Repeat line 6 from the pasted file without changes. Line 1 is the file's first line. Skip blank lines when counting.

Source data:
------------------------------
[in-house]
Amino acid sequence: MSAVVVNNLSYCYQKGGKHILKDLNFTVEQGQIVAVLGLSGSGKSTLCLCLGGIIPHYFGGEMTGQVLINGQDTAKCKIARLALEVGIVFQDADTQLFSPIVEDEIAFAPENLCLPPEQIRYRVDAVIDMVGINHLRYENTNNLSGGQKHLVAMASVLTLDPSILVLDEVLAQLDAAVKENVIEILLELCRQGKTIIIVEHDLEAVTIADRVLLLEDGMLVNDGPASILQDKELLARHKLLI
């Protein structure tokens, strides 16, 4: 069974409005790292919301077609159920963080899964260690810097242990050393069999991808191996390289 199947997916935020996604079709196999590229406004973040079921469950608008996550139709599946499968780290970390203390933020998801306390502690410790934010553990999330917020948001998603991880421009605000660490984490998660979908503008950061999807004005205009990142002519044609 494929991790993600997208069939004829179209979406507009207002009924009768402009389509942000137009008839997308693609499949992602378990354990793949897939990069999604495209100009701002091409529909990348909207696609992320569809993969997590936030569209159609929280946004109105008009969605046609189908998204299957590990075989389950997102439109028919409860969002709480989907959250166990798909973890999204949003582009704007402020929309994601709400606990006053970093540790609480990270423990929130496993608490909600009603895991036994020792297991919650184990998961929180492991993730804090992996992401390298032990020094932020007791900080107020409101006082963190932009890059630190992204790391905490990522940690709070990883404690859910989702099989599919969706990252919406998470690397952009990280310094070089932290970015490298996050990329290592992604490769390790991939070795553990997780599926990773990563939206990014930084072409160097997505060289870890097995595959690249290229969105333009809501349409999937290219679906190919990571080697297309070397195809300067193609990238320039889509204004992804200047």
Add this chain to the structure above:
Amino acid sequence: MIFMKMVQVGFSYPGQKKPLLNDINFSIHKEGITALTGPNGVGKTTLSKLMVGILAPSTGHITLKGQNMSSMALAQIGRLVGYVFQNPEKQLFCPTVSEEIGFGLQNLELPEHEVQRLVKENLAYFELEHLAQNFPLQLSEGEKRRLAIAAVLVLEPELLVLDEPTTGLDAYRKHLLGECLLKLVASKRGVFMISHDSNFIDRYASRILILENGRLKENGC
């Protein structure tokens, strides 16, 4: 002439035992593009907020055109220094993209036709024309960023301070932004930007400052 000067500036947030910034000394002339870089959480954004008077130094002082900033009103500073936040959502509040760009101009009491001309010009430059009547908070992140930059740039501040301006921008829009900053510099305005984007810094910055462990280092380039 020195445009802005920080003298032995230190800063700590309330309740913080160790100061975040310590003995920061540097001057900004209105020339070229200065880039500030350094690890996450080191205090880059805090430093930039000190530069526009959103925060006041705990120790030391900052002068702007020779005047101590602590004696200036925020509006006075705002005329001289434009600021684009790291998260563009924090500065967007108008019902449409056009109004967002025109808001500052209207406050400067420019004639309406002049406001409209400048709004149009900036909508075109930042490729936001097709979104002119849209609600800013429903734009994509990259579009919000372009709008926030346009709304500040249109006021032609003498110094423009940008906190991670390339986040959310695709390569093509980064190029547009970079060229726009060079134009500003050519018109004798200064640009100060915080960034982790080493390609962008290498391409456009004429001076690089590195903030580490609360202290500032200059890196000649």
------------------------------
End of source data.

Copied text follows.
């Protein structure tokens, strides 16, 4: 002439035992593009907020055109220094993209036709024309960023301070932004930007400052 000067500036947030910034000394002339870089959480954004008077130094002082900033009103500073936040959502509040760009101009009491001309010009430059009547908070992140930059740039501040301006921008829009900053510099305005984007810094910055462990280092380039 020195445009802005920080003298032995230190800063700590309330309740913080160790100061975040310590003995920061540097001057900004209105020339070229200065880039500030350094690890996450080191205090880059805090430093930039000190530069526009959103925060006041705990120790030391900052002068702007020779005047101590602590004696200036925020509006006075705002005329001289434009600021684009790291998260563009924090500065967007108008019902449409056009109004967002025109808001500052209207406050400067420019004639309406002049406001409209400048709004149009900036909508075109930042490729936001097709979104002119849209609600800013429903734009994509990259579009919000372009709008926030346009709304500040249109006021032609003498110094423009940008906190991670390339986040959310695709390569093509980064190029547009970079060229726009060079134009500003050519018109004798200064640009100060915080960034982790080493390609962008290498391409456009004429001076690089590195903030580490609360202290500032200059890196000649």